How the Actual Federal Budget Results for 2013 Compared With CBO’s May 2013 Estimates

Posted by Barry Blom on
November 6, 2013

On October 30, the Treasury Department reported that the federal budget deficit for fiscal year 2013 totaled $680 billion, $38 billion more than CBO estimated in its most recent baseline in May. Nearly all of that difference occurred because revenues were less than CBO estimated (see the table below).

Revenues in fiscal year 2013 totaled $2,774 billion—$39 billion (or 1.4 percent) less than CBO projected in May:

  • Receipts from corporate income taxes were $18 billion less than the amount that CBO estimated, largely reflecting an unexpected slowing in the growth of those receipts in the last several months of the fiscal year.
  • Receipts from individual income taxes were $16 billion less than the baseline projection, because both quarterly estimated payments and withholding from paychecks were lower than expected.
  • Social insurance receipts (which are dedicated to funding Medicare, Social Security, other retirement programs, and unemployment benefits) were $4 billion lower than the May projection—reflecting receipts from unemployment insurance taxes that were $9 billion less than anticipated, partially offset by higher receipts from other sources.

Outlays in 2013 were $3,454 billion—about $1 billion (or 0.03 percent) less than CBO estimated in May. That small difference resulted from larger discrepancies throughout the budget that nearly offset one another:

  • The largest such discrepancy involves Fannie Mae and Freddie Mac, which remitted $15 billion less in payments to the Department of Treasury than CBO had estimated. Those payments are recorded in the budget as offsetting receipts, which reduce net outlays. So the smaller-than-expected payments to the Treasury increased outlays relative to CBO’s estimate.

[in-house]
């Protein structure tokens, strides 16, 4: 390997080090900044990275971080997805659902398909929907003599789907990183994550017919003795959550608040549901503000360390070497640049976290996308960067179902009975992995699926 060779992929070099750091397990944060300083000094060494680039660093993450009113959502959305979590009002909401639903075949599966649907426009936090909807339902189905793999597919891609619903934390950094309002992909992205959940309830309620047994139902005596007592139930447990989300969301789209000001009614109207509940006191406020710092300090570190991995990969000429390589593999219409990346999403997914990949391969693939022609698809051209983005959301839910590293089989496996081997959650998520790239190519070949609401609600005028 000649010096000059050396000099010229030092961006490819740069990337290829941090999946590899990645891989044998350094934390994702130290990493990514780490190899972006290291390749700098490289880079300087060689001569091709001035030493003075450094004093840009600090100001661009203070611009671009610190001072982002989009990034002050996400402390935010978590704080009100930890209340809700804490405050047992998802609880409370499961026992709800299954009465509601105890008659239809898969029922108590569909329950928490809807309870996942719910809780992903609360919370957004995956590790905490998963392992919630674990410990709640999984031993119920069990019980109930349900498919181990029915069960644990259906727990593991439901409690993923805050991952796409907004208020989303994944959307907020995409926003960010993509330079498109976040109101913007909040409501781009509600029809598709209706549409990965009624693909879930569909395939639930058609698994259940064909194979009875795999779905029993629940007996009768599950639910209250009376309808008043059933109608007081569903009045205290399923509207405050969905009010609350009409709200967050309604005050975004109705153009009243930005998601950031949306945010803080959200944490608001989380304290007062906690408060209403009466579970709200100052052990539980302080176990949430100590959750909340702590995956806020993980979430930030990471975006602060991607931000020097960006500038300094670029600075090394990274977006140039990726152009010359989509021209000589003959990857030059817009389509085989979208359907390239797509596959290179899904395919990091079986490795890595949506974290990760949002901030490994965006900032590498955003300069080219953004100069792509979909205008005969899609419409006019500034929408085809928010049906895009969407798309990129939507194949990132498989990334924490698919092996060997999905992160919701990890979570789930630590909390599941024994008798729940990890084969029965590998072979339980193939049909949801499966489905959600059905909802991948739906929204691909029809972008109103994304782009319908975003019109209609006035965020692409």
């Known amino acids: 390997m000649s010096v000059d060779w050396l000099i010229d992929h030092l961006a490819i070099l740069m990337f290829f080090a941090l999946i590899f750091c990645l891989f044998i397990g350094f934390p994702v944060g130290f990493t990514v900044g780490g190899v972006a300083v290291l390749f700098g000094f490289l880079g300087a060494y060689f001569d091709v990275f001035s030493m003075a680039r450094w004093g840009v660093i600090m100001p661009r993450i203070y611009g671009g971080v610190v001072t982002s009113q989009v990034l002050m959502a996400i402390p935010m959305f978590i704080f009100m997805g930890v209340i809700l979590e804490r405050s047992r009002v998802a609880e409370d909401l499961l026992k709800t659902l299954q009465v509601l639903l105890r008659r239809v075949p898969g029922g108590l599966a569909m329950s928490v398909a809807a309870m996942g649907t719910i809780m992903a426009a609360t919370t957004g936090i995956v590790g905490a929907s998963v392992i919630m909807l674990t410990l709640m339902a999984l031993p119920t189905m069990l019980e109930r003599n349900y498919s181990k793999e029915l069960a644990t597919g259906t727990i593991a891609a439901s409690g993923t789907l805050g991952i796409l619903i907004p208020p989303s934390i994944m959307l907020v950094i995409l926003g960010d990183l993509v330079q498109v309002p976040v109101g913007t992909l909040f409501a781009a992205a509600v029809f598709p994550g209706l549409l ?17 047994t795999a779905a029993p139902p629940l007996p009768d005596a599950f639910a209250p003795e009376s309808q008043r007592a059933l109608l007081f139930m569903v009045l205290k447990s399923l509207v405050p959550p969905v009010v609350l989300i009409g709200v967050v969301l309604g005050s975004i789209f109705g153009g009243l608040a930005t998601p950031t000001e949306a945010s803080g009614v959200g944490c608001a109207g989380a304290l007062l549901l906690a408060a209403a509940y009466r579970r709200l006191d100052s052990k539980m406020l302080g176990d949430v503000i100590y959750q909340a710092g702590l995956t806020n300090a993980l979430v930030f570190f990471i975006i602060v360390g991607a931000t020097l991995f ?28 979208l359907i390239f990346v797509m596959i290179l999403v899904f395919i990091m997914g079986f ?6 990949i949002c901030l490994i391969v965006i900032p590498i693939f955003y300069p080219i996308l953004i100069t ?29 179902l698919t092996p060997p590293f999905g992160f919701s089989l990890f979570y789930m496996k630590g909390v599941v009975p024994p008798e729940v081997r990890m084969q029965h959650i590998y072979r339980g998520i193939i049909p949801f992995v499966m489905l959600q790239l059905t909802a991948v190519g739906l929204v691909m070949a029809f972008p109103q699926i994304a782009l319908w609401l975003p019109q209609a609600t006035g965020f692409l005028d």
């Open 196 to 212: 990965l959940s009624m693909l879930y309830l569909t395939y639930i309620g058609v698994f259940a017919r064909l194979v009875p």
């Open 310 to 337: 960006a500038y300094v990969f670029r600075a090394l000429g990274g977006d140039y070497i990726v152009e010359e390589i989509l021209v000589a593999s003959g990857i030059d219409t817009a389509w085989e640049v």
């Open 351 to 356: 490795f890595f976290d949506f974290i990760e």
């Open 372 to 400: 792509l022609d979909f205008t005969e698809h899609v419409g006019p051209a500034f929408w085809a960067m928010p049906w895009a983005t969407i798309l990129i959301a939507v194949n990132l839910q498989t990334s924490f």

• Spending by the Department of Education was $10 billion more than CBO projected in May, mostly as a result of the enactment of the Bipartisan Student Loan Certainty Act of 2013, which boosted outlays in 2013 by $8 billion, according to CBO’s estimate.
  • In the other direction, outlays for the Department of Defense were $4 billion less than CBO expected, principally because of lower-than-anticipated spending for personnel.
  • Spending was also lower than CBO projected for Medicare (by $4 billion), the Department of Housing and Urban Development (by $3 billion), and the Postal Service (by $3 billion).
  • All other spending—totaling $2.3 trillion—was $12 billion (0.5 percent) below what CBO estimated in May.

CBO is currently in the process of analyzing the year-end results in more detail and will publish additional information about revenues and outlays in 2013 in its Monthly Budget Review that will be issued tomorrow and in its next Budget and Economic Outlook, which will be published early next year.

Barry Blom is an analyst in CBO’s Budget Analysis Division.